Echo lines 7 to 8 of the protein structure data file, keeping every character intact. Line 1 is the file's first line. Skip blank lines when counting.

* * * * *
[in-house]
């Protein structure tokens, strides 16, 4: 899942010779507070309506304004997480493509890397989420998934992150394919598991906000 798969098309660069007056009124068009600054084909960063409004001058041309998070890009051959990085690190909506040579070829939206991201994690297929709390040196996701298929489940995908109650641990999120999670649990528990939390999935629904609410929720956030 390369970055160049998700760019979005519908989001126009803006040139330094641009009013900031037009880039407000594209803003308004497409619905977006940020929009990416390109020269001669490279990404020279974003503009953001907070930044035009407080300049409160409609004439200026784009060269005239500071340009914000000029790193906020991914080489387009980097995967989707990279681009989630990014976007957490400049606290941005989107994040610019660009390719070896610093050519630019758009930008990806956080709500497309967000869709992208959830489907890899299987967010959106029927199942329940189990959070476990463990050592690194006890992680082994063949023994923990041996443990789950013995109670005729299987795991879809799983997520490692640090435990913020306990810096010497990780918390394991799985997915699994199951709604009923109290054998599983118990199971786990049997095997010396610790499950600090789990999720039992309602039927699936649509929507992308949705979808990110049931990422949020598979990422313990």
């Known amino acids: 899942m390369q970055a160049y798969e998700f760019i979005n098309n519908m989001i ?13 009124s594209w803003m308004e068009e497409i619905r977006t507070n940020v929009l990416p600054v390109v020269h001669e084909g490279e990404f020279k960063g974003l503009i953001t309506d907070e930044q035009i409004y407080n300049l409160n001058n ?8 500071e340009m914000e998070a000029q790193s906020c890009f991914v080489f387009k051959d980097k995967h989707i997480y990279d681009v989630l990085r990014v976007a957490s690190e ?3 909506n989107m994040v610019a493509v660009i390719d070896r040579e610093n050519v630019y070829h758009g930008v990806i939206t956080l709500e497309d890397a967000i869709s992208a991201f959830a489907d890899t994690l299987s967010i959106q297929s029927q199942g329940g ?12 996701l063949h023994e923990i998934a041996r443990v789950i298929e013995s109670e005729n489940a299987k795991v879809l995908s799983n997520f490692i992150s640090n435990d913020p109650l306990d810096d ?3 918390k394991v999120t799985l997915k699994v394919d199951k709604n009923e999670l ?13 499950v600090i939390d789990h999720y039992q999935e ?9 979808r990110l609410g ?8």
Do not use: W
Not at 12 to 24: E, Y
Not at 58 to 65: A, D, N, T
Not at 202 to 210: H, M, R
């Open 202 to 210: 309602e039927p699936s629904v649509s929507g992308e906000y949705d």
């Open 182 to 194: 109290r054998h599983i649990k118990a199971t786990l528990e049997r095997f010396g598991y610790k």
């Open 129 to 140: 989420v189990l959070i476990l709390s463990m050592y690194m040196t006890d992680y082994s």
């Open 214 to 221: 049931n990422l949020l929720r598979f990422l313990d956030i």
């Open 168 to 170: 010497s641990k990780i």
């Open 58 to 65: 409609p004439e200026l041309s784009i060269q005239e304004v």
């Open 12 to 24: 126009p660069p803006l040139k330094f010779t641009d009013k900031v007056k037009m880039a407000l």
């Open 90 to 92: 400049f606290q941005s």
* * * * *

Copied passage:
Not at 202 to 210: H, M, R
């Open 202 to 210: 309602e039927p699936s629904v649509s929507g992308e906000y949705d």